"Coach said, 'What do you do?'" Canada recalled. "I said, 'I can't ...' I used that word (can't) — never forget, he came across the table, said, 'You want to coach? Let's go.'"

It was the same year graduate assistant positions were reduced from five to two, so Mallory had plenty of work that needed to be done.

"Somebody needed to be a grunt to go do it," Canada said. "I was that guy."

Canada spent two years as a student coach working with running backs and then quarterbacks, followed by two years as a graduate assistant.

"That's a heck of an advantage for a kid, unfortunately, that can't play, to have a chance to be a coach those four years," said Joe Novak, who was an assistant on Mallory's staff. "That's four years that are invaluable in learning and developing.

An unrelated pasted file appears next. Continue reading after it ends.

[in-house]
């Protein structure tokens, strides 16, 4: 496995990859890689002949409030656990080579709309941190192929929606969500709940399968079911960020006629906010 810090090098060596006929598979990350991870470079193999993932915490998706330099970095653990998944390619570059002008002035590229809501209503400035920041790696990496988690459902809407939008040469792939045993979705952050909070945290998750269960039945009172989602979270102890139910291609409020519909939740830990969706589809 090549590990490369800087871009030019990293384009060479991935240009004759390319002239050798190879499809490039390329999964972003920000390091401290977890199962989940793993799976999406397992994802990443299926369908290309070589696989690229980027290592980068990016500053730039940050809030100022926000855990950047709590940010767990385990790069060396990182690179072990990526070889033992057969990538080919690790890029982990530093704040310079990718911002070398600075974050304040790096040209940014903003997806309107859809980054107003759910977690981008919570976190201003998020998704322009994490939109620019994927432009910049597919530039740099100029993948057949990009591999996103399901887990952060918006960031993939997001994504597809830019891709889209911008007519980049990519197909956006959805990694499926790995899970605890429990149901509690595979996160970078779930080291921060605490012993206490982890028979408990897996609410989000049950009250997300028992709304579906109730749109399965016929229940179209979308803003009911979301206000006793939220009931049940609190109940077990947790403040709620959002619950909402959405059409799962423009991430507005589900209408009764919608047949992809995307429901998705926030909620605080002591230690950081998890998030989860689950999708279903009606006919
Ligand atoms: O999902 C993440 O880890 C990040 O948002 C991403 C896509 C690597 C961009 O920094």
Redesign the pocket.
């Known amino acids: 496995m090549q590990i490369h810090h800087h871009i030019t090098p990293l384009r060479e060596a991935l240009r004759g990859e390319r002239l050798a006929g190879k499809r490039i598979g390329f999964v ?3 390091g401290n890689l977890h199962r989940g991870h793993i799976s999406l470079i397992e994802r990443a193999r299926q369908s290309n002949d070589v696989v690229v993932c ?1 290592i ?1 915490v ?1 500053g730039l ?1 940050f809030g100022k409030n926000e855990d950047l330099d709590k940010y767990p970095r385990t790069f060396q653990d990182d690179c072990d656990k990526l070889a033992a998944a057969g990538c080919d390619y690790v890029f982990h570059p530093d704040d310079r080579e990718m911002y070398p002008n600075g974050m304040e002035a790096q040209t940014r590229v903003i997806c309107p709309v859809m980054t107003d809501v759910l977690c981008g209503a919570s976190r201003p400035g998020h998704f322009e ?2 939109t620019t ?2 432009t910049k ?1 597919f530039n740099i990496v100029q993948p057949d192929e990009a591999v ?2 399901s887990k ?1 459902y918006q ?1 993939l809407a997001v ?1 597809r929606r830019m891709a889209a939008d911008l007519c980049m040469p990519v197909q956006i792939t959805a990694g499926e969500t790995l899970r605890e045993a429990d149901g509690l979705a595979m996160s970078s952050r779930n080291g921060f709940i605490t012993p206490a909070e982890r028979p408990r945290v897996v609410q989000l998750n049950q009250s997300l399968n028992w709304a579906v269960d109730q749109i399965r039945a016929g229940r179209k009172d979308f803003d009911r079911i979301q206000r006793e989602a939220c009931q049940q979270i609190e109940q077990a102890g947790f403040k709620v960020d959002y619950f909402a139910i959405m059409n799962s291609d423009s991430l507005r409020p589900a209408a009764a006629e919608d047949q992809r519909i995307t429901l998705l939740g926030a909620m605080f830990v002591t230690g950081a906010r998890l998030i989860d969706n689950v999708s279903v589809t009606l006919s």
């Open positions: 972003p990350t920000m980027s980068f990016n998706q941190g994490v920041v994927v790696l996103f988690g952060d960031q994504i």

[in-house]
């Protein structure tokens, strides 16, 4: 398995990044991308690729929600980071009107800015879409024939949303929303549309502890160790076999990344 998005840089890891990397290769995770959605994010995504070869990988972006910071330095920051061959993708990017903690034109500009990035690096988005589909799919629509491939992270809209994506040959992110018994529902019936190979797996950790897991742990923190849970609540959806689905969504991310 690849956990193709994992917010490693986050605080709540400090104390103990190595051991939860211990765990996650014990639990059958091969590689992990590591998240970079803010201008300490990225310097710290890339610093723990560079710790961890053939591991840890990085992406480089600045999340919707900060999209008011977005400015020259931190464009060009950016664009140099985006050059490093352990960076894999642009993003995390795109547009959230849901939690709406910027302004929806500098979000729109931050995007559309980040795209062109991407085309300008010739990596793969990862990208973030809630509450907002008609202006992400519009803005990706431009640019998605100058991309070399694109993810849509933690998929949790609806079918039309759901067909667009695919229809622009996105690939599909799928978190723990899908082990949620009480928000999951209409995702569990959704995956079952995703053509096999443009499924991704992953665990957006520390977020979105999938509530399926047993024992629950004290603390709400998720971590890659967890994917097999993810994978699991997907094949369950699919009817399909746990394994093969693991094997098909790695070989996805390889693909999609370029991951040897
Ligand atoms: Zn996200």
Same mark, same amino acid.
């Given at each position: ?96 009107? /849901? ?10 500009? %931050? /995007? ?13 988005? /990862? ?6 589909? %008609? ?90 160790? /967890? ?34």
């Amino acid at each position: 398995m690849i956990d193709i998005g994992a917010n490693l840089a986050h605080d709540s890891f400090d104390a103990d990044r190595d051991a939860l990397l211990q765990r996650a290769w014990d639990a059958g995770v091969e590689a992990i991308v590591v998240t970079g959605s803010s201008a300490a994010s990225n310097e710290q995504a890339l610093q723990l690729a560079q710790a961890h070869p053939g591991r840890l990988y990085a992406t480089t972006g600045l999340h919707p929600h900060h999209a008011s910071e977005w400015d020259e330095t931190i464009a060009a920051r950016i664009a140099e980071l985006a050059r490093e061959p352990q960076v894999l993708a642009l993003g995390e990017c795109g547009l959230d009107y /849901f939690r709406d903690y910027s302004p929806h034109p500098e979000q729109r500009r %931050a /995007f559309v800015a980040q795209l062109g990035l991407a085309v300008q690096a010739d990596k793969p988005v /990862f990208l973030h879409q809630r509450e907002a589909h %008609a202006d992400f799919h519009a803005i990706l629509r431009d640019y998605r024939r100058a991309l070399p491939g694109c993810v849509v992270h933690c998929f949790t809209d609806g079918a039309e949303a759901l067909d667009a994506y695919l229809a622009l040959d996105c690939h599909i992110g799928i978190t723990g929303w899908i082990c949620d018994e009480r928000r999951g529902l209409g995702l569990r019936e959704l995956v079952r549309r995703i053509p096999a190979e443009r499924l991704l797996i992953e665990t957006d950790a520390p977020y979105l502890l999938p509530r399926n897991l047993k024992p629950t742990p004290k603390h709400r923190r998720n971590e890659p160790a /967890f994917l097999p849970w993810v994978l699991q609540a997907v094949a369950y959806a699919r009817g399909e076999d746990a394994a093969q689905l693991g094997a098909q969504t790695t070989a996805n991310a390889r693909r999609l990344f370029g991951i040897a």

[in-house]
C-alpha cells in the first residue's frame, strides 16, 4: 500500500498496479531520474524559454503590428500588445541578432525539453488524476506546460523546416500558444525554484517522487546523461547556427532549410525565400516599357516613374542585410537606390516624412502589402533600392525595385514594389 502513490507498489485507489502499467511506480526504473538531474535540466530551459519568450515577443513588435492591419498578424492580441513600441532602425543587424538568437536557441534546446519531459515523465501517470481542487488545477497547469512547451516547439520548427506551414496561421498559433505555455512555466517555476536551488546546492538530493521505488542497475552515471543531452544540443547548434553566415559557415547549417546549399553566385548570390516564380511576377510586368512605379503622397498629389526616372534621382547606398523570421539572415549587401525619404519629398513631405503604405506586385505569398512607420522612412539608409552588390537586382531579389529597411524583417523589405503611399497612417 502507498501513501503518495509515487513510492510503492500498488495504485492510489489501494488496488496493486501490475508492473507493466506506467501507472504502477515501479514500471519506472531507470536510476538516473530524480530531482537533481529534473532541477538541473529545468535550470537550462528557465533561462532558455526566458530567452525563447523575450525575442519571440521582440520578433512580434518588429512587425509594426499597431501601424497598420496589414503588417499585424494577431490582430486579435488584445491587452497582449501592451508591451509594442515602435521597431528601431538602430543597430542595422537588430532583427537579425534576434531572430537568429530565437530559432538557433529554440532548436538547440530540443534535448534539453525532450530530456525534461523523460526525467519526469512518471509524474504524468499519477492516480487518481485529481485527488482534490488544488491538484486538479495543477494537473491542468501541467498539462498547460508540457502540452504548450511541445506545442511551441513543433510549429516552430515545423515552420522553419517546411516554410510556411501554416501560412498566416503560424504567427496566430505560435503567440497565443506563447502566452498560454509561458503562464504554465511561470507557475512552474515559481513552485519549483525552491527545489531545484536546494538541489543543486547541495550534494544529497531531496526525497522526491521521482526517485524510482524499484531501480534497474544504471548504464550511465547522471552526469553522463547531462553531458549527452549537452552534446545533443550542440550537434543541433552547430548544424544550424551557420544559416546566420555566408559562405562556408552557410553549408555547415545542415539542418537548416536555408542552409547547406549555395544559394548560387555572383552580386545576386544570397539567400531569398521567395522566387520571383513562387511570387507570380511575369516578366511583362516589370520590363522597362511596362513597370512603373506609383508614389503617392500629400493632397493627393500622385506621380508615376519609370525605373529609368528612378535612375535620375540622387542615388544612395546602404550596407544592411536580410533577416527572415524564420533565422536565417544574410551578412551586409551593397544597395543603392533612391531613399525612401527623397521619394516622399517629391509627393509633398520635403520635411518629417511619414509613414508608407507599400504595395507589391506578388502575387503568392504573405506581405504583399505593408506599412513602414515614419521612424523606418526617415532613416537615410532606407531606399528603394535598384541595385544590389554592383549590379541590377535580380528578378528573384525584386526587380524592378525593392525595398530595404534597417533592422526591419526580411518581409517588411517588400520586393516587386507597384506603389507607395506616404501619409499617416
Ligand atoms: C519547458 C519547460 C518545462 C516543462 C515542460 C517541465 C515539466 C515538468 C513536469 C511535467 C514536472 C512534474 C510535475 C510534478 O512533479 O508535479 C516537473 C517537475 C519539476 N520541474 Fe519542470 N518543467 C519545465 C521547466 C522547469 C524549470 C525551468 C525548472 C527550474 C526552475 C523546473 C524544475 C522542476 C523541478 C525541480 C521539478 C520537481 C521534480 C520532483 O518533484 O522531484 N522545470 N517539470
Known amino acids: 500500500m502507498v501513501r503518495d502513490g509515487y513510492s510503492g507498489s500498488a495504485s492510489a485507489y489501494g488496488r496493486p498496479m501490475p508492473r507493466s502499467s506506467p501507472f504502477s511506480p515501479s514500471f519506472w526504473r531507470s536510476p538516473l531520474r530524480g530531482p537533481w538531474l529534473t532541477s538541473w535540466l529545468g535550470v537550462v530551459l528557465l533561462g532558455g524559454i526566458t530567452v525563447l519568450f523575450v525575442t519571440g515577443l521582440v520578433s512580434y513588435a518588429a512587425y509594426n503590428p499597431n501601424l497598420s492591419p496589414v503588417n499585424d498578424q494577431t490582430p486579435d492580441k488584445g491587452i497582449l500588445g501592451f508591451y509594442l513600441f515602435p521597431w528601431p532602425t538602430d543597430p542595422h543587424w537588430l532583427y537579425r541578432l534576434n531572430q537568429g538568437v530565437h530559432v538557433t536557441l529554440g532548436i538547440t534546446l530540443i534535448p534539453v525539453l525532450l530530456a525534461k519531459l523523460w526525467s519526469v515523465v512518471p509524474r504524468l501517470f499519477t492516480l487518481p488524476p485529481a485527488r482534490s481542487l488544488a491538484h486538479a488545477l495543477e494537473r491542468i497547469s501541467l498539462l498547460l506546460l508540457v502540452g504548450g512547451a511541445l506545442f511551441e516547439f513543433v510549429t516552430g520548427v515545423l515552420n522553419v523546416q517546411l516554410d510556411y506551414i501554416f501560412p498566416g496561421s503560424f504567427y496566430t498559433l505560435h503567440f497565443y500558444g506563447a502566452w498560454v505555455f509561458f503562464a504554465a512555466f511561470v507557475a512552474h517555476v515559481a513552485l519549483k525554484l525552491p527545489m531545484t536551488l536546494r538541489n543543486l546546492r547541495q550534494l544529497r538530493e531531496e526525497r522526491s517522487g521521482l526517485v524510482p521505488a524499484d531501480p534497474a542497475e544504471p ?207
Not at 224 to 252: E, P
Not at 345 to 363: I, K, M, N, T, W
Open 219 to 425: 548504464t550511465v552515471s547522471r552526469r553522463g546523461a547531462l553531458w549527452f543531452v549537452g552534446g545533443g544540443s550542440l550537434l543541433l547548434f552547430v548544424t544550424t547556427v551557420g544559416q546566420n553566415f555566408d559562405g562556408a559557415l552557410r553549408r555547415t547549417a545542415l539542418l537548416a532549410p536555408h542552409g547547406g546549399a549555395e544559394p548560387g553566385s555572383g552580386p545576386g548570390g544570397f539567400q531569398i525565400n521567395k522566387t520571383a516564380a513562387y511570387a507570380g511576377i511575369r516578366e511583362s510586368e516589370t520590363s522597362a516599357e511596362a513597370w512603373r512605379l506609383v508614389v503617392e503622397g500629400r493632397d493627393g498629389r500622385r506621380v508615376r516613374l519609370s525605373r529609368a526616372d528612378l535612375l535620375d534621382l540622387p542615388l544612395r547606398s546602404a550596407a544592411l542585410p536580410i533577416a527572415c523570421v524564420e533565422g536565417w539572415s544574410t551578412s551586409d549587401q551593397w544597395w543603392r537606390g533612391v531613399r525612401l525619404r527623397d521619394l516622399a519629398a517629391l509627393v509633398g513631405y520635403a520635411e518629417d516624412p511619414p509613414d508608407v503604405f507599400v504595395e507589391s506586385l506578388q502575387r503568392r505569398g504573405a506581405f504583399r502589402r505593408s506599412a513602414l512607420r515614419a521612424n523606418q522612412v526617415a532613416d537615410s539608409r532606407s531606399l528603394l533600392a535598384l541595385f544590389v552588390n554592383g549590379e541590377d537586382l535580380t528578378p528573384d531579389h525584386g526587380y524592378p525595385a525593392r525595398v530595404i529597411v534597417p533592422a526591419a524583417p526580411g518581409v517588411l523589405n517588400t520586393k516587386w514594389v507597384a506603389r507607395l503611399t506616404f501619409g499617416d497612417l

"Of course, being around coach Mallory, who was really a solid person and coach, I know (Canada) got a lot out of that experience."

Simple philosophy

Canada's first full-time job was at Butler, where he coached quarterbacks and wide receivers before moving up to offensive coordinator.

Novak was hired as the coach at Northern Illinois in 1996 and went 1-10 and 0-11 in his first two years. Canada joined the staff in 1998, coaching running backs for three years and quarterbacks for two, before taking over as offensive coordinator for a breakthrough 2003 season when Northern went 10-2.

Canada "has always been very bright," Novak said. "He was a quarterback in high school. He was exposed to the game more than a right guard would be, was always a very bright kid, always wanting to learn more, worked very hard at his football, very personable. Was a real good players' coach."

Canada went back to Indiana as the quarterbacks coach in 2004, was named the passing game coordinator the next season and was the offensive coordinator from 2007 to '10.